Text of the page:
Have you ever considered your relationship with exercise?    Is it a nourishing, loving relationship?  Is it a Love-Hate Relationship?  An adversarial relationship?  An addictive relationship? We all know that exercise is good for us.  It reduces stress, it releases endorphins which make us happier, it makes our hearts and other muscles strong…I could go on and on and on!

Then why is it so hard for many us to actually do exercise regularly?   What do you think of when you think of exercise?  Something you should do?  Another item on the to-do list?  Something that causes you to be sweaty or stinky? Painful?  Boring?  Is exercise another area where you judge yourself as right or wrong, healthy or unhealthy?  Do you experience guilt or anxiety if you don’t do enough or do any at all?  Do you feel pressure to exercise in a certain way?  Is there an acceptable level of intensity, duration?

Being aware of our relationship can make a difference in actually accomplishing the health benefits that are available with “exercise”.  Here are some tips for adapting your relationship and mindset around exercise.

Consider redefining exercise or using new words for it. 

  • Physical activity is defined as any body movement that contracts your muscles to burn more calories than your body would normally use to exist at rest.
  • Exercise is subset of physical activity that is planned, structured, repetitive, and purposeful.
  • Planned, structured, repetitive, and purposeful don’t sound very enjoyable do they?
  • A recent study invited half of the participants to do an exercise walk and the other half to do a scenic walk.  They found in two separate studies that individuals who did an exercise walk ate more than those who did the same scenic walk.  The researchers speculated that when taking a scenic walk it was a fun, enjoyable activity that reduced the need to obtain the enjoyment through food.

CHOOSE your activity!  Allow yourself the freedom to choose what you will do on any given day for physical activity, over forcing yourself to do what others think you should do.  Physical activity doesn’t have to be prescribed or regimented.    Sometime programs become very prescriptive and it seems that it must be done in a certain order. Choosing offers freedom from resentment and obligation that can come with some programs.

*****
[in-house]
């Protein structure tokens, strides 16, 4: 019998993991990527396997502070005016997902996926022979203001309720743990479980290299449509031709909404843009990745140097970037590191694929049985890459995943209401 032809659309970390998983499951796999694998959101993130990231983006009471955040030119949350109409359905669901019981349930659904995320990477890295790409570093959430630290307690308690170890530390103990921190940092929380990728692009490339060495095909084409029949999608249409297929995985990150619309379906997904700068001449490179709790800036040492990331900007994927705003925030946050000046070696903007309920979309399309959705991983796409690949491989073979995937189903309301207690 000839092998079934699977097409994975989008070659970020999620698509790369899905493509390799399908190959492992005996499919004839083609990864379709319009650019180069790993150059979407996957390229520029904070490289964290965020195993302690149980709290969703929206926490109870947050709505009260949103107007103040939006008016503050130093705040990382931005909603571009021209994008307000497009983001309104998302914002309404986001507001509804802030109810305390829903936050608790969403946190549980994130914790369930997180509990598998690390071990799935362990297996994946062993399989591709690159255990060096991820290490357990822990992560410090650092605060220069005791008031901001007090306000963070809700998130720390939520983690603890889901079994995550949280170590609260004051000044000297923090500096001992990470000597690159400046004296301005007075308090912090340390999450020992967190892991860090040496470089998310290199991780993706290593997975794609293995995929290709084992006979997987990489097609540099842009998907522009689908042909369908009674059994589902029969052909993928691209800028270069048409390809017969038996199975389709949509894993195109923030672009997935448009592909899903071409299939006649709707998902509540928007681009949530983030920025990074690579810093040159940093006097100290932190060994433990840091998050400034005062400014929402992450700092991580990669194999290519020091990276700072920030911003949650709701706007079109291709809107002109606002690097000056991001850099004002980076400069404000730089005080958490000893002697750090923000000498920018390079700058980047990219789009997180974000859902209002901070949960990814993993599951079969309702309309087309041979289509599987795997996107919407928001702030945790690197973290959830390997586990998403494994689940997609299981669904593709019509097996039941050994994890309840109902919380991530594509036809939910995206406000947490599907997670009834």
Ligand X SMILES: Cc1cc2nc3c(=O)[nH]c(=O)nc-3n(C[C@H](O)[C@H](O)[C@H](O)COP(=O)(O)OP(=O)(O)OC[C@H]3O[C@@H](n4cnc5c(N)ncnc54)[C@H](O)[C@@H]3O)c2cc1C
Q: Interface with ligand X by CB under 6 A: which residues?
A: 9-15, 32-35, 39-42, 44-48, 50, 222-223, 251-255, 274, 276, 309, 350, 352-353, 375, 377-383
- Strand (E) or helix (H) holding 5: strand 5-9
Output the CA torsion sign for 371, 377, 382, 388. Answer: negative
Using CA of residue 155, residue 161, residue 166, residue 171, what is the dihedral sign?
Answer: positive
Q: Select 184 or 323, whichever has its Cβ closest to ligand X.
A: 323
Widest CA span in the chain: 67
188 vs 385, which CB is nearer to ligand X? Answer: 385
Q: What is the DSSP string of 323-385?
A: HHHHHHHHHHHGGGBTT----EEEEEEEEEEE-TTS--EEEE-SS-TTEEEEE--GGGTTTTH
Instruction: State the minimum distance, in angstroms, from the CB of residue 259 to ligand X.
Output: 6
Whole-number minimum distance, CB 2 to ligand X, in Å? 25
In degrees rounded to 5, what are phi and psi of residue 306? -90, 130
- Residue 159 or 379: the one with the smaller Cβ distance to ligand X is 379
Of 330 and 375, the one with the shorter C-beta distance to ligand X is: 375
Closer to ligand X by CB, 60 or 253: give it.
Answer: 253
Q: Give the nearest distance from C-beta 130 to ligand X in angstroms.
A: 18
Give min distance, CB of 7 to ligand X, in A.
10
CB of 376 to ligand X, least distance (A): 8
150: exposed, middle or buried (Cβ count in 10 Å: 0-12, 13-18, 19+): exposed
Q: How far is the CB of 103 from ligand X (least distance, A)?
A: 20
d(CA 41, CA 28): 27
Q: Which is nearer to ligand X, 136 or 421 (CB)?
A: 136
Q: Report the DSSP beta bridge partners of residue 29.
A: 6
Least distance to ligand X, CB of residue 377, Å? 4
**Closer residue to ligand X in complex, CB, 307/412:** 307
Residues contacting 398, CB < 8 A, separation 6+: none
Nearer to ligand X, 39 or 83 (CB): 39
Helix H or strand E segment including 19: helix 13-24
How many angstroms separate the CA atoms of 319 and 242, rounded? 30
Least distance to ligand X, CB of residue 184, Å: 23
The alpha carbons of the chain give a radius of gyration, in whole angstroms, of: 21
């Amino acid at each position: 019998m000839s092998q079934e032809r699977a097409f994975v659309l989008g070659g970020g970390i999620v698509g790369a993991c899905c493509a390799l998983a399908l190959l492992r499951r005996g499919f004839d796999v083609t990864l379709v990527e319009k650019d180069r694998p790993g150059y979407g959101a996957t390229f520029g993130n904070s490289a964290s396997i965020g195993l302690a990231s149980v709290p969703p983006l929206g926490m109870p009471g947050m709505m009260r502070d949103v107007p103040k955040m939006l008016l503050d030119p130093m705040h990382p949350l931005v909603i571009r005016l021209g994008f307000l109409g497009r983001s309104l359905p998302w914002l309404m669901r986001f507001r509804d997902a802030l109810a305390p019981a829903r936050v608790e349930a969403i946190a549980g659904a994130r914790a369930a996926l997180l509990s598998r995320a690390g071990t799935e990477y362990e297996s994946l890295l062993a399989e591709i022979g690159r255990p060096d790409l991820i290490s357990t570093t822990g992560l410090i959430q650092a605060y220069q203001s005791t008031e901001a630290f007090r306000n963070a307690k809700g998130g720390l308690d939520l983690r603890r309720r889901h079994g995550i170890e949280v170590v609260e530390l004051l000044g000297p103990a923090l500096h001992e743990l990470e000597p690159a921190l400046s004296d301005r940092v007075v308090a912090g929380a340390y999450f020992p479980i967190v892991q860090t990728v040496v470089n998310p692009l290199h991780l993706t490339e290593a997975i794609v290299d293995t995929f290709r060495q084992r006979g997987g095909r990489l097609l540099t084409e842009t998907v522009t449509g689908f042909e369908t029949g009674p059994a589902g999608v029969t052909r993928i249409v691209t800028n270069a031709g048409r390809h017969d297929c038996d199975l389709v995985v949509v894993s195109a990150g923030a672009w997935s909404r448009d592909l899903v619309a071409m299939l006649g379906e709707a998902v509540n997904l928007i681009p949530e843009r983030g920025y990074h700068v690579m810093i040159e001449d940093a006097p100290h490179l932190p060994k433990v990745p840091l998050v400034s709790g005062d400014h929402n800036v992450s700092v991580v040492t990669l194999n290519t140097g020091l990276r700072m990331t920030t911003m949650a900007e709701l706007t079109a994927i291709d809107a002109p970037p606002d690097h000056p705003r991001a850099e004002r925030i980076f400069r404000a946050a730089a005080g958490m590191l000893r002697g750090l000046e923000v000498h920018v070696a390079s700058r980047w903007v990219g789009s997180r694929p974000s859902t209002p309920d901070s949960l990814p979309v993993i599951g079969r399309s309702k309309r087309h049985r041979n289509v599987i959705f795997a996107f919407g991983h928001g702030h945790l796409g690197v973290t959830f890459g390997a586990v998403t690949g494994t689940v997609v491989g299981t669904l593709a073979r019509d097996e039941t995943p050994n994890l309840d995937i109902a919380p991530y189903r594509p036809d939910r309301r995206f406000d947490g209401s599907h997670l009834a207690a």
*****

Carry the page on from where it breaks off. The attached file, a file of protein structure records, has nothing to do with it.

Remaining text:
Create fun and play!  Have you every noticed that kids don’t exercise?  They PLAY!  What is fun and play for you that also involves physical activity?    What do you love doing that is also movement of your body?  Dancing, hiking, paddling, climbing….

Focus on what you CAN do!  Notice where you have negative self-talk you have about your body and your abilities. So often we focus on what we cannot do as we begin an exercise regimen.  I cannot run a 5K.  I cannot do 10 push-ups.  I cannot lift that weight.  Focusing instead on what we can do empowers and motivates us to continue moving forward, making exercise more pleasurable and increasing our stamina to continue.  I can walk around the block.  I ran 10 more yards today than last week.  Consider using the mantra “My Body is Amazing” as you are physically active.

Give up comparison to others.  Give yourself permission to modify exercises so they are right for you, your body, and your level of fitness.  Pushing ourselves to do what our neighbor is doing increases our chances of injury, leads to negative self-image, and often leads to us stopping the activity.

Smile.  There are studies that demonstrate that smiling causes physical changes in the body leading to more pleasure.  Try it sometime.   Smile despite your frustration and fatigue and see if you notice a difference in your experience of exercise.

Be mindful and intentional.  Notice how your body is moving. Notice what it feels like.  Use your five senses while moving. What do you see? Hear?  Taste?  Smell?

Breathe.  How you breathe is how it goes.  Do you hold your breath during some exercises.  Do you breath quickly and shallowly?  If your breath is constricted, your attitude, mental and physical state often are as well.  If your breath is deep, expansive and relaxed, so will your mind and body.

Try some of these and see what you notice about your relationship with exercise!